Art Residency at Yew Chung International School
April 29, 2011 § 1 Comment
Wow! Time is racing away. The weather is warm and muggy and gone are the days when chilly winds raced through our studios and Mike would tie down his paintings so they wouldn’t be blown around. He would seek refuge in my space which is more closed off to the weather. The studios are located in temporary spots arranged for us while we are here, one near an open air stairwell and the other in an alcove accessing a lift well and maintenance rooms. Now Mike’s studio is gorgeous with the airflow and I am the one to take a breather there.
Its been a huge two months already. Mike has almost finished his mosaic for the school. It is 2 metres x 2.4 metres and represents one of the philosophies of the school as written in poetry by Professor Yip, a director of the Foundation for the school. “As we gaze at the enormous sky, we are enchanted by the immensity of Space, and we realize the fragility of human beings. This awareness humbles us to become thankful for everything.” I think the Chinese of this interpretation would be more exquisite, but still, we love the initiative the school has taken to really living and being aware of the Whole around them. China is so vast and the population, massive. It seems timely as they emerge into the 21st century that education in China is starting to take measures to express human awareness and collaboration, rather than its expendability and isolation against the whole.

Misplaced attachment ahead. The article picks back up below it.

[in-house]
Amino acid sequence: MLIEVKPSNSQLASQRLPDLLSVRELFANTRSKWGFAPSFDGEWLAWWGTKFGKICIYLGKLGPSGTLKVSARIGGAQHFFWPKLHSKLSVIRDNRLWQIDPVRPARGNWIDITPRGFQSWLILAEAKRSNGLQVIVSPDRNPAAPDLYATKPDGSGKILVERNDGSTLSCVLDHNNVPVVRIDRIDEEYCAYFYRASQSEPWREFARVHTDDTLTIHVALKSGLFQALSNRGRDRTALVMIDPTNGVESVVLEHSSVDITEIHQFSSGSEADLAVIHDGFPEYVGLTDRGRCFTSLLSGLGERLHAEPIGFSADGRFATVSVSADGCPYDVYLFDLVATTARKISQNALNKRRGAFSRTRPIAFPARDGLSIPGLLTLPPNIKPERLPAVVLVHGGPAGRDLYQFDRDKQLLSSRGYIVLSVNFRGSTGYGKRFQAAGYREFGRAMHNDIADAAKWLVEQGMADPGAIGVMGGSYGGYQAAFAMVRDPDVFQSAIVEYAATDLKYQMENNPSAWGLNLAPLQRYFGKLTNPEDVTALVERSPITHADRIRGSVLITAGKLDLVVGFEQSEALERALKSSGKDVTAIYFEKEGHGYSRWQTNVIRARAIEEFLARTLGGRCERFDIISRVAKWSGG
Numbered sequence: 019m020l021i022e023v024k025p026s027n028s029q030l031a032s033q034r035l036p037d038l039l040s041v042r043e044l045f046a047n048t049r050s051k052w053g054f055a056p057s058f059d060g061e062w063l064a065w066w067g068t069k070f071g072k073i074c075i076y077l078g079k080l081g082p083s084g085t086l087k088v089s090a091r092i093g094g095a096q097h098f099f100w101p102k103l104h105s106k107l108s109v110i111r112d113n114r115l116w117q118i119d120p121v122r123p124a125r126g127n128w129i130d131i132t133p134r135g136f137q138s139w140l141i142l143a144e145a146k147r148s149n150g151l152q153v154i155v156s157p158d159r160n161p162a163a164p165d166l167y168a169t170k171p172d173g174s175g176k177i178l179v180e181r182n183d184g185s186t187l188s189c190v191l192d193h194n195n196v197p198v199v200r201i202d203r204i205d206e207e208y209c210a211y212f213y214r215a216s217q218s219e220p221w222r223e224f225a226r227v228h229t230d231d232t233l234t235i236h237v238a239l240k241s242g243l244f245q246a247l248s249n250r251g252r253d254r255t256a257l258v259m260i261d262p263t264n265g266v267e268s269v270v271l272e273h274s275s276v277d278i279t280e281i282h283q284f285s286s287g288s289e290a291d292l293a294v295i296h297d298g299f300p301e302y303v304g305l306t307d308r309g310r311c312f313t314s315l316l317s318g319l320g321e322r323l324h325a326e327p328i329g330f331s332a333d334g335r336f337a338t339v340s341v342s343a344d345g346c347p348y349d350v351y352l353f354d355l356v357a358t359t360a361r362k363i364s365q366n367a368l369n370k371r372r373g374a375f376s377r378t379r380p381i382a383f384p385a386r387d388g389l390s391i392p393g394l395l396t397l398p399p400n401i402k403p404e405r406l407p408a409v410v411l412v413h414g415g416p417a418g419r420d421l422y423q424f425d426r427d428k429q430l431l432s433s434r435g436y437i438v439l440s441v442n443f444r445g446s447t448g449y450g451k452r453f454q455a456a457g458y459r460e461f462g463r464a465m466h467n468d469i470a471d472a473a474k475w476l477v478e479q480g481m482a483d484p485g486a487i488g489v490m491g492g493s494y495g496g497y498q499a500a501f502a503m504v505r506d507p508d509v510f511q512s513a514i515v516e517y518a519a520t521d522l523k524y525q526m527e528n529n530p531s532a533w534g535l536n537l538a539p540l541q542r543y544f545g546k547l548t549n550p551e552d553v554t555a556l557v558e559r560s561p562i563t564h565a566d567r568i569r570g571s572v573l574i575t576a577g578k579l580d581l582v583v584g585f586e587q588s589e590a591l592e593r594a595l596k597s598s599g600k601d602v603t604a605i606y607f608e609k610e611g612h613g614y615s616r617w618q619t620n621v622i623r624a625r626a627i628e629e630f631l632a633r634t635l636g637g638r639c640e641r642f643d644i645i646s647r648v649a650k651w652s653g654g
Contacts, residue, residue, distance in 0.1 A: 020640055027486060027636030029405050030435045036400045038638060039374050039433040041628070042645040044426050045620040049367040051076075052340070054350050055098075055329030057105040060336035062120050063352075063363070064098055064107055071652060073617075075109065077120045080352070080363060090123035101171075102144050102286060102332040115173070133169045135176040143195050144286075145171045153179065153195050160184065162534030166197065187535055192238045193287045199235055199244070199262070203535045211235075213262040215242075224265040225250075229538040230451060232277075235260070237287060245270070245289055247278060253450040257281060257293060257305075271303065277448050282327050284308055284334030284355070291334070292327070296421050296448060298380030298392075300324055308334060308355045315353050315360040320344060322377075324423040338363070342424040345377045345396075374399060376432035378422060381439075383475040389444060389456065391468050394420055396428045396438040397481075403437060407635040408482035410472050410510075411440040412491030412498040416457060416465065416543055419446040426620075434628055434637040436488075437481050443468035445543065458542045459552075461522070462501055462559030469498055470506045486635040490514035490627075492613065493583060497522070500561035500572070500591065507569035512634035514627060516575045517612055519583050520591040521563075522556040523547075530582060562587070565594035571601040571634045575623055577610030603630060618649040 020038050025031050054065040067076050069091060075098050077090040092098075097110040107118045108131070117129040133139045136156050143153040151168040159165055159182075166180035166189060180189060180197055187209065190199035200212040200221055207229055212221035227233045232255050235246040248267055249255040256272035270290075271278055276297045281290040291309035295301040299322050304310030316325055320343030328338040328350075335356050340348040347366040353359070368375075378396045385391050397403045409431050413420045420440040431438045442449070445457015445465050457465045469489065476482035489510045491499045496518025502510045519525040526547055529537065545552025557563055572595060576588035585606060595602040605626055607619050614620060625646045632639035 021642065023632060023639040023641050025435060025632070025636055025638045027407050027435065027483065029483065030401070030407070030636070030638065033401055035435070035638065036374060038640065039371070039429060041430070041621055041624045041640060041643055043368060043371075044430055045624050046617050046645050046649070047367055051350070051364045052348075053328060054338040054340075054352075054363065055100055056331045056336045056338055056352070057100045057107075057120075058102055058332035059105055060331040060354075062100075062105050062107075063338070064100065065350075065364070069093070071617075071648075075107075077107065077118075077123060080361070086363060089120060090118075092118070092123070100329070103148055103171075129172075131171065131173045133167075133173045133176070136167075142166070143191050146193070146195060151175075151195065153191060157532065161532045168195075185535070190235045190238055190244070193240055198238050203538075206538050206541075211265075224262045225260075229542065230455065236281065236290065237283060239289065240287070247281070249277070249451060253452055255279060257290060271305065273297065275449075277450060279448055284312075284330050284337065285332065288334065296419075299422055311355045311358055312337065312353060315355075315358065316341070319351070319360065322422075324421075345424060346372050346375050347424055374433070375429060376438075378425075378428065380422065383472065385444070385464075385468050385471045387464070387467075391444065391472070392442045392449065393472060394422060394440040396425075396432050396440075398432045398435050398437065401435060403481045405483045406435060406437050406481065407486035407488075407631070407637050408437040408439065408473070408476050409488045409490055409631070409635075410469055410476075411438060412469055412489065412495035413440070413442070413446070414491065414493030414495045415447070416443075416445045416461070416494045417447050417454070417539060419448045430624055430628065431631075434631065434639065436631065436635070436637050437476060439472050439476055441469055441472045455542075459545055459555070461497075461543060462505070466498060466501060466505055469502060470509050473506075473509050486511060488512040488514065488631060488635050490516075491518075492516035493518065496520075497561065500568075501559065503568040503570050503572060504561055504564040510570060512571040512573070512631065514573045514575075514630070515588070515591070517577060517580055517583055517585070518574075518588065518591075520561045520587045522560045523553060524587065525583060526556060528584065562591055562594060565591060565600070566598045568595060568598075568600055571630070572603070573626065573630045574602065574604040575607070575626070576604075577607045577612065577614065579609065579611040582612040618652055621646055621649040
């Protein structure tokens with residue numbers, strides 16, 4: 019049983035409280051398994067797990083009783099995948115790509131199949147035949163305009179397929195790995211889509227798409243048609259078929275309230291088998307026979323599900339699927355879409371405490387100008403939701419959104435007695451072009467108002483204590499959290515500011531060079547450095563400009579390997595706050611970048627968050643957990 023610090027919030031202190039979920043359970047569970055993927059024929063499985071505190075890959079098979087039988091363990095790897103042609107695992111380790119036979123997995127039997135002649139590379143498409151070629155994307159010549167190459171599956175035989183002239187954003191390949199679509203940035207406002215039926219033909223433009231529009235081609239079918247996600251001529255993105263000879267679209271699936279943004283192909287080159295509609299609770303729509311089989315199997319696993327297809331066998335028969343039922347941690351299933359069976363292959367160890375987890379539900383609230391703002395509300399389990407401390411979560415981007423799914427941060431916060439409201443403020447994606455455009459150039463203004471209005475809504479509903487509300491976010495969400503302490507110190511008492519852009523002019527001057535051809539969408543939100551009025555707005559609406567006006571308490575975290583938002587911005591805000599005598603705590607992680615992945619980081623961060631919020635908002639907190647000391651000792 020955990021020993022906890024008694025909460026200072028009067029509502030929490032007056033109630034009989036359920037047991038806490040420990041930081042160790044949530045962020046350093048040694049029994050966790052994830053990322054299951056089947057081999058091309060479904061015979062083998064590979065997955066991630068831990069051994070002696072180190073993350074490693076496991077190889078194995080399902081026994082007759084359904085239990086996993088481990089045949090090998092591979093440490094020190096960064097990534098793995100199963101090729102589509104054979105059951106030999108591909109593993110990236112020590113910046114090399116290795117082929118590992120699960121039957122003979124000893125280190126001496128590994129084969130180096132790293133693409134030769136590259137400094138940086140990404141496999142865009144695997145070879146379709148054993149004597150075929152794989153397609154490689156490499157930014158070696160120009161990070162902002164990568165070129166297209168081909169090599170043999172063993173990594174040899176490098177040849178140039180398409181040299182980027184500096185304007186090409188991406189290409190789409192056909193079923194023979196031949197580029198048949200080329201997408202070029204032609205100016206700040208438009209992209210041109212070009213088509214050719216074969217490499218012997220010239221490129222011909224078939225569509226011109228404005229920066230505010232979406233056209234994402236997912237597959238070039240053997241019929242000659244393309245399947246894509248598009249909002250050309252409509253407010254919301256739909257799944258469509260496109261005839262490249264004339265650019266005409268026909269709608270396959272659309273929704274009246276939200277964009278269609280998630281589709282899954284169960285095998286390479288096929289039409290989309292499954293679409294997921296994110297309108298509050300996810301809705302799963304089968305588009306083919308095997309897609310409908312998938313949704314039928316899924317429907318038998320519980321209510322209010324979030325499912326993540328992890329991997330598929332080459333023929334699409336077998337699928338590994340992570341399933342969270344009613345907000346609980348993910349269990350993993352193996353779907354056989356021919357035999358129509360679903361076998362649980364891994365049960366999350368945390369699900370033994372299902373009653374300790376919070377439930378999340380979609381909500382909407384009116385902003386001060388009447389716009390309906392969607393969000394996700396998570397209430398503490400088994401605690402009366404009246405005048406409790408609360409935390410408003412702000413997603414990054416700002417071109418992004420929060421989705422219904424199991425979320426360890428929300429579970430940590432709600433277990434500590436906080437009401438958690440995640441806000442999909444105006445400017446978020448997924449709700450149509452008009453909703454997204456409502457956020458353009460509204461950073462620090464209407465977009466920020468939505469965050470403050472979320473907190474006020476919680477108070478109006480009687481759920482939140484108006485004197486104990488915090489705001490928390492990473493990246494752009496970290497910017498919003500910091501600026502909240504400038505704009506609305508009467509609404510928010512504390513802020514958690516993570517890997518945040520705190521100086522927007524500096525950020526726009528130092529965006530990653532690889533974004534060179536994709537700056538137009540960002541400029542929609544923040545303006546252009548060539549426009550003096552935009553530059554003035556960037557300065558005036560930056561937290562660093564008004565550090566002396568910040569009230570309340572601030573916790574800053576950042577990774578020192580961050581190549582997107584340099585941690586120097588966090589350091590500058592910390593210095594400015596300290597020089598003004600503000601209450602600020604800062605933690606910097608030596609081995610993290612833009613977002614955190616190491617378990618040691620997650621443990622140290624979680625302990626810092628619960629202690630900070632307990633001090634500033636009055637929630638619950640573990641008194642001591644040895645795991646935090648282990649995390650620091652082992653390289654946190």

I have completed a series of sculptures during my time here, influenced by our time in Thailand drawing the delicate beach flotsam I found each day on our explorations. Also, the Yew Chung Foundation asked me to create a sculpture based on my ‘Harvest’ series to represent another of its philosophies from the poetry of Professor Yip; “We touch the earth with our hands and appreciate Nature with our hearts”. The school will place two of the bronze editions at the Yew Chung international schools in Beijing and Hong Kong for its collection and the remainder of the 8 editions, I have donated to the Foundation’s ‘Seeds of Hope’ program to raise money to build schools for the underprivileged in China. Extraordinarily, the sale of the 6 editions is enough to build a school, so it feels like a wonderful opportunity if the school is able to take advantage of its extensive network and fund raising events to sell the works.